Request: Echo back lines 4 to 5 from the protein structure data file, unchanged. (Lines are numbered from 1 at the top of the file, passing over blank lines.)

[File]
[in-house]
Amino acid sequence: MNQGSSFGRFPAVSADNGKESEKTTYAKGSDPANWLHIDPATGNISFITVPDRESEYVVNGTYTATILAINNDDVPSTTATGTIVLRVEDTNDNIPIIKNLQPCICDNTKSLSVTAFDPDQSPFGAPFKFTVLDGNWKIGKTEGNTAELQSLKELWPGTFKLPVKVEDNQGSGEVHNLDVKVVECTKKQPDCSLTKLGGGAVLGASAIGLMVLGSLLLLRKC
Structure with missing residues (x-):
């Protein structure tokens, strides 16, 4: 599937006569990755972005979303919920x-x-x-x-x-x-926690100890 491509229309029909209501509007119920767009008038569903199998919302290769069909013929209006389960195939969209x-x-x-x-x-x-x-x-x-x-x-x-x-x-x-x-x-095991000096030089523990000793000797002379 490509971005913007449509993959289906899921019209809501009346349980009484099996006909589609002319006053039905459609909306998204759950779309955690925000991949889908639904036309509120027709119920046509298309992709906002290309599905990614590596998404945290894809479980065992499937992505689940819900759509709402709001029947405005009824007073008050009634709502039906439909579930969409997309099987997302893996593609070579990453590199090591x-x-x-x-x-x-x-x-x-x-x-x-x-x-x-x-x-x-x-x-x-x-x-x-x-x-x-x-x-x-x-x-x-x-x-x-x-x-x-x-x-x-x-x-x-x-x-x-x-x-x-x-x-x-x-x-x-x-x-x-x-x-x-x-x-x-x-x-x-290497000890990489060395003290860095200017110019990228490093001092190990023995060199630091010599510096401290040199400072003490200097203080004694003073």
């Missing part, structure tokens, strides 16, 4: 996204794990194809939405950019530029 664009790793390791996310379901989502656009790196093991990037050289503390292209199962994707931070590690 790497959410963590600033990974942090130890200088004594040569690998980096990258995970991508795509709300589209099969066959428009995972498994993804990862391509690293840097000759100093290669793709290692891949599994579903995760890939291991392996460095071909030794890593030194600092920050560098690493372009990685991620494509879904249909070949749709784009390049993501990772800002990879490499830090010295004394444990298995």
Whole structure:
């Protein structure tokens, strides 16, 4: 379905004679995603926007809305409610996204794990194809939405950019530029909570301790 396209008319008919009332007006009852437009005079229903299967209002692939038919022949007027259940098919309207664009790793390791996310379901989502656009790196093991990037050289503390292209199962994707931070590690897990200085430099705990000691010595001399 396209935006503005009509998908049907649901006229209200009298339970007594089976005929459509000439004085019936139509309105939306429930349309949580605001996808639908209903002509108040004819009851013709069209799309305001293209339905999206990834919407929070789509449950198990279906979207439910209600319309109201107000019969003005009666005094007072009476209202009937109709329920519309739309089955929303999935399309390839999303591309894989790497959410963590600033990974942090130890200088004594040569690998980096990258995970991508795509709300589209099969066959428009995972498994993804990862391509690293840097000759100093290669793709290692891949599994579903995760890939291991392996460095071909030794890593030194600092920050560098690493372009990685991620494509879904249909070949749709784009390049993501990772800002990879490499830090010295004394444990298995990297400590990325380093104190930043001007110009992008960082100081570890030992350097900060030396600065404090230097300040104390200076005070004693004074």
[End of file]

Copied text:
């Protein structure tokens, strides 16, 4: 599937006569990755972005979303919920x-x-x-x-x-x-926690100890 491509229309029909209501509007119920767009008038569903199998919302290769069909013929209006389960195939969209x-x-x-x-x-x-x-x-x-x-x-x-x-x-x-x-x-095991000096030089523990000793000797002379 490509971005913007449509993959289906899921019209809501009346349980009484099996006909589609002319006053039905459609909306998204759950779309955690925000991949889908639904036309509120027709119920046509298309992709906002290309599905990614590596998404945290894809479980065992499937992505689940819900759509709402709001029947405005009824007073008050009634709502039906439909579930969409997309099987997302893996593609070579990453590199090591x-x-x-x-x-x-x-x-x-x-x-x-x-x-x-x-x-x-x-x-x-x-x-x-x-x-x-x-x-x-x-x-x-x-x-x-x-x-x-x-x-x-x-x-x-x-x-x-x-x-x-x-x-x-x-x-x-x-x-x-x-x-x-x-x-x-x-x-x-290497000890990489060395003290860095200017110019990228490093001092190990023995060199630091010599510096401290040199400072003490200097203080004694003073």
């Missing part, structure tokens, strides 16, 4: 996204794990194809939405950019530029 664009790793390791996310379901989502656009790196093991990037050289503390292209199962994707931070590690 790497959410963590600033990974942090130890200088004594040569690998980096990258995970991508795509709300589209099969066959428009995972498994993804990862391509690293840097000759100093290669793709290692891949599994579903995760890939291991392996460095071909030794890593030194600092920050560098690493372009990685991620494509879904249909070949749709784009390049993501990772800002990879490499830090010295004394444990298995």